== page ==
6. #6 Bob
    January 7, 2006

    For those who’d like to learn more about NLP, you may want to read the Wikipedia entry at http://en.wikipedia.org/wiki/Neuro-linguistic_programming.

    Specifically, there’s a section entitled “Scientific analysis of NLP” that you may find interesting. Basically NLP is not supported by scientific studies. Diane Kramer is a principal in a business which sells NLP as a solution and has a financial interest in it being taken seriously. Claiming that it is “well-established” begs the question of whom it is well-established with? The scientific community, no. The fringe, perhaps.

  7. #7 Dave Munger
    January 7, 2006

    Thanks for the information, Bob. More to the point: don’t believe everything you read in a comment on a website. Check it out for yourself. We can’t be responsible for everything people say in comments here on Cognitive Daily, and though we do make an effort to respond to misinformation, we can’t be everywhere all the time.

  8. #8 Mihai
    January 10, 2006

    “searching a database of images required the server to access its video card”

    But we all know this is the case. In all the movies, when one searches a database for a bad guy, all the faces are displayed very fast on screen.

    But joking aside, I don’t think anyone workind daily with computers can take seriously the “mind like a computer” theory.

  9. #9 Paul W.
    May 7, 2006

    Aargh. As a computer scientist who’s studied cognition pretty seriously, it bugs me when people casually talk about how the mind “isn’t like a computer.”

    Sorry to quibble about that, but many people really think the brain “isn’t like a computer” in some deep, basic philosophical sense. (And they think “everybody knows” this “obvious” fact. Au contraire.)

    The brain literally is primarily a computer; it’s just a rather different kind of computer than the one you’re sitting in front of now.

    Even current (desktop and laptop) “computers” often use their hardware subsystems in ways similar to the brain’s, at a basic level; there are basic computer science reasons for various specializations and duplications of hardware, and for using the more general hardware for a variety of tasks.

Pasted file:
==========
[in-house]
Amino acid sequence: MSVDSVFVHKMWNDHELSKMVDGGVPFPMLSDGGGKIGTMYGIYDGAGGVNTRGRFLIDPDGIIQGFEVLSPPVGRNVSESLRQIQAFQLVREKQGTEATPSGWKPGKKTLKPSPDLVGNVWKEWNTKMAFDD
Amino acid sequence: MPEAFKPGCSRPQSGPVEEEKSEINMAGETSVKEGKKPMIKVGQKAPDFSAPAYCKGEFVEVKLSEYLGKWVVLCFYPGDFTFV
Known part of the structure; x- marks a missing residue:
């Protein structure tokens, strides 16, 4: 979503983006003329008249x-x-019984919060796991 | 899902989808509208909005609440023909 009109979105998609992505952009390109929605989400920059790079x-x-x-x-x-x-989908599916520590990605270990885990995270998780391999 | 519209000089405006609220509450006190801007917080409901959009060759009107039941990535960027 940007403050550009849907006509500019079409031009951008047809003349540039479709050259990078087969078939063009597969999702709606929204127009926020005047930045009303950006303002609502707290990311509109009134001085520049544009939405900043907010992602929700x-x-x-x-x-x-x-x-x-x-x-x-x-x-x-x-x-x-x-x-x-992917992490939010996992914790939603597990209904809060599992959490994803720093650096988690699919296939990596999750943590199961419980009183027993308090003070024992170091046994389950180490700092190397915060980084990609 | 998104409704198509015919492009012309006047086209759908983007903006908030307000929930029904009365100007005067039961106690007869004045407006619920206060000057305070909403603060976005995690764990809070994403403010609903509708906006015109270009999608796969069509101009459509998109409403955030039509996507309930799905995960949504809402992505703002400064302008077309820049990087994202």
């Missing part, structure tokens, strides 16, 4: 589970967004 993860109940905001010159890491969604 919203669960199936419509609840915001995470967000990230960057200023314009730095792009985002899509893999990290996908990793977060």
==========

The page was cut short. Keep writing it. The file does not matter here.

For example, your laptop computer might have a fast number-crunching coprocessor that is used by both image-generating software and image-understanding software, but not used much or at all by various other kinds of software. This might be a separate DSP (digital signal processor) on the motherboard, or a vector processor embedded in the CPU chip itself. (Essentially all general-purpose commercial computers have that, now, but it’s hidden inside the CPU chip. It’s not obvious to the user a modern CPU includes a collection of semi-specialized hardware gadgets that may perform one higher-level task, or a few, or many—rather like brain circuits, some of which are more task-specific than others.)

    The brain is rather different, of course, because it has a larger variety of computationally specialized circuits for fairly specific tasks. It’s not terribly surprising, though, if some of these are re-used for processes that are computationally very similar—such as high-level visual processing of either real or imagined images. (Others are pretty much duplicated for different tasks, so that they can perform computationally similar tasks simultaneously, and maybe with specialized tweaks, without having to time-share the slow neural hardware.)

    None of this has much to do with whether the brain “is a computer” in any deep sense; it’s all about which kind of computer architecture the brain has, and how the “software” is mapped onto that hardware.

    The details are mostly different, but the underlying principles are the same, because evolution had to solve many of the same kinds of architectural problems that human computer architects do.